Psychedelic trio Был замечен (transliterated and truncated to B-Z for short) bring the heavy noise from Kharkiv, dealt out with a steadfast determination to fry the listener’s brains while shaking the rafters that’s entirely admirable. Their second album стало ещё только хуже (It Just Got Worse) sets out on a mission to befuddle, bamboozle and all-out confuse over five tracks on two sides of compact cassette (and digital download).Their lo-fi credentials are occasionally a little harsh on the ears as the VUs creep close to the red, but then again some space cadets like their guitar-bass-drums hot, and it adds to the sense that B-Z are always teetering on the edge of exploding into overload and aren’t too afraid to go there either. Khleb has a rich and powerful voice, his singing flowing with a stentorian tone. His intonation frequently calls to mind the plainsong of Orthodox monks as he declaims with rising passion over the ultra-heavy rhythm section of Lv at the bass controls and Amorth on drums. There’s plenty of melodic lines tinkled out on an electric piano and/or organ or delivered with the carefree acoustic strums of Amon Düül, but the trio also know how to let rip, hard, fast and with a raucous purpose, sparks and shards flying until B-Z relent and drop back down into a slumbering sludgy throb or a cursive swarm of resonant feedback. Mikola Lebed brings some raddled space saxophone to the headily brewing surge of opener “глазницы” (“Orbits”), and Khleb is joined by Elina for some one-two vocal ba-ba-bahs on the frenetic “шифровал” (“Encrypted”). The music wriggles and spasms as if sucked up into the psychic vortex of a demented night dancing on some serious loungecore hallucinogens, the saxophone snaking in like a jazz panacea for all the ills of the world for which rock’n’roll can’t offer a cure. It’s here that the recording really bleaches out, but as mentioned above, given the sometimes scuzzy sound and B-Z’s self-avowed DIY ethos, this isn’t much of a problem when taken in the spirit of the album; by this point the band and their listeners may well be too far gone and maxed out themselves to care.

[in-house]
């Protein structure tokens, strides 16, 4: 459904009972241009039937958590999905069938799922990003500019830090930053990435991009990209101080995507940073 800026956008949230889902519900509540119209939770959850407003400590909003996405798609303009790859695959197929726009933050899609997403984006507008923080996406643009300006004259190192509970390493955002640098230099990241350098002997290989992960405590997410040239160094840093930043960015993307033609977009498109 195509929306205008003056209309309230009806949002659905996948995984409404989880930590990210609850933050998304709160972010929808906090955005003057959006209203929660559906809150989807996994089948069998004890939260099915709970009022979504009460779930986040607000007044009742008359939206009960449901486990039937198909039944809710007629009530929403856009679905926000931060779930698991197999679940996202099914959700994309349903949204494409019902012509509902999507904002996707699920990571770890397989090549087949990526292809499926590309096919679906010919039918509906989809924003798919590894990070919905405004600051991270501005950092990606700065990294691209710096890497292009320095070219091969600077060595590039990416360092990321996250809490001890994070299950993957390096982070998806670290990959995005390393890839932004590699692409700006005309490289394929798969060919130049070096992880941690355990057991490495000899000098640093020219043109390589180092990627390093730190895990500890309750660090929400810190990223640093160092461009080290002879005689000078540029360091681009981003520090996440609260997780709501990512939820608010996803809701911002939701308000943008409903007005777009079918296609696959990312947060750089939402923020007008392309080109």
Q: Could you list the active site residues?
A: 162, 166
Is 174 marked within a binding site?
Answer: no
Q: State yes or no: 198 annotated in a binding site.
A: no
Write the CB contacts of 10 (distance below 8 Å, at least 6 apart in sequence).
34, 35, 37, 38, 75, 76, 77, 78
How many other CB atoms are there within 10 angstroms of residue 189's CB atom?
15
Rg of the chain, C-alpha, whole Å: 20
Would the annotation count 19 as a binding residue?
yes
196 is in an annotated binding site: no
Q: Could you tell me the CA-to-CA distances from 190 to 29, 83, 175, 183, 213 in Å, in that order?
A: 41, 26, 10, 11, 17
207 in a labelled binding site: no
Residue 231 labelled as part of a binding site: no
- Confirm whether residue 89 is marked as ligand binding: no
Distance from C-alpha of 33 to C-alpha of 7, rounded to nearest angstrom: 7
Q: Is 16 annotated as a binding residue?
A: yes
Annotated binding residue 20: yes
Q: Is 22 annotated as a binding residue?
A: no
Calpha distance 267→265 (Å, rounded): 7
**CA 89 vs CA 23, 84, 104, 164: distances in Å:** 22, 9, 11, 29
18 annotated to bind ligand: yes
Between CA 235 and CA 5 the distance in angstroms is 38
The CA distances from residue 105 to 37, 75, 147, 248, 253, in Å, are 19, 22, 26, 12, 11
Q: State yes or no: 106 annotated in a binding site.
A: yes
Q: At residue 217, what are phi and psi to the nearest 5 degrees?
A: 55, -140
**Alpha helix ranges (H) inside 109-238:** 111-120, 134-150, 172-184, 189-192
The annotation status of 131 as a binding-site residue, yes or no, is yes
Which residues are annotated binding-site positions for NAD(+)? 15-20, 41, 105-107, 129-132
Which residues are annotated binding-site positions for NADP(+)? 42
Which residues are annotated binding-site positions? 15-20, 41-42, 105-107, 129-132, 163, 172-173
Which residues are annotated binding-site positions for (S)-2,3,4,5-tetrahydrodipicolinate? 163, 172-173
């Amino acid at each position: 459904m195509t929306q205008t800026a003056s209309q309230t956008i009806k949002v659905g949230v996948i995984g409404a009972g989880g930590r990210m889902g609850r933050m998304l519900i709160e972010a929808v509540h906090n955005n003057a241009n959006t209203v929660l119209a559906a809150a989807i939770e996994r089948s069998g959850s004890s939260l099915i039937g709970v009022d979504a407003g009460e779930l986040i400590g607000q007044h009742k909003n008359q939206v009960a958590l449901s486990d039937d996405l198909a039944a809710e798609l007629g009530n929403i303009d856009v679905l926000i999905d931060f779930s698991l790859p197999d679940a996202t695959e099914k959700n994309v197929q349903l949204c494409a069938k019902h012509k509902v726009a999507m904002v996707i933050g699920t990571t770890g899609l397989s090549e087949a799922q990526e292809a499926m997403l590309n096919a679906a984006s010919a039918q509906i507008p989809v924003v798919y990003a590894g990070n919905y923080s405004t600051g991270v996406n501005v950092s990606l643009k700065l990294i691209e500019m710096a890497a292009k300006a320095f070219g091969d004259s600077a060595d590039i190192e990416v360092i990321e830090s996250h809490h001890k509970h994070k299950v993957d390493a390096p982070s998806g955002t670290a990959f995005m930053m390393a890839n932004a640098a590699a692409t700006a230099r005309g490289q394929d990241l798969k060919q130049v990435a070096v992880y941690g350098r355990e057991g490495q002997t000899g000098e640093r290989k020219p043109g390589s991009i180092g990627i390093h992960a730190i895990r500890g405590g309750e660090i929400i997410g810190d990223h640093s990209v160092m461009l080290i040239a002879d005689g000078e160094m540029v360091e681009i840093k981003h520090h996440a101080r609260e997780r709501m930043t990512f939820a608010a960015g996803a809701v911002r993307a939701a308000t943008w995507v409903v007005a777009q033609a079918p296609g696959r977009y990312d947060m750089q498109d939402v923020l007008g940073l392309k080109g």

There’s more than a touch of that Faustian embrace of the dynamics of chaos too, “в один конец” (“At One End”) shifting from Tapes-like cut-up mania into pastoral strums and shakes. There’s the feeling that the song could segue into the dulcet melodies of “Jennifer” at any given moment, an impression that is only heightened when the rambling piping and rhythmic acoustic ripples get locked into a terminal atonal velocity.
Like all good psychotropic albums though, the best is saved for last. Twenty minutes of ominous chants and swirling synthesis take matters on a journey into the “молчаливый космос” (“Silent Kosmos”), a slow-burning ride to the edges of the known universe. The layers and levels fuzz deployed here are both mind-bendingly frazzled and ear-piercingly repetitive, twangs of spluttering treble splintering the void with a relentless dedication to long-form astrophysical motion rendered as all-enveloping, brain-flensing sound; B-Z are to be applauded for their thorough dedication to the art of making minds and ears fly.
The cassette itself comes lovingly packaged in a mysterious-looking triangular black wooden box, which opens up to reveal a series of cunningly designed art cards and other three-pointed objects, all of which have obviously been put together with a great deal of thoughtful attention to detail. Unsurprisingly — given the amount of work that seems to have gone into making the boxes and their contents — there’s only fifty of them being made too. It’s a great way to put out a set of recordings that stand up well enough on their own merits; and never mind the resale value — feel the art, and the noise.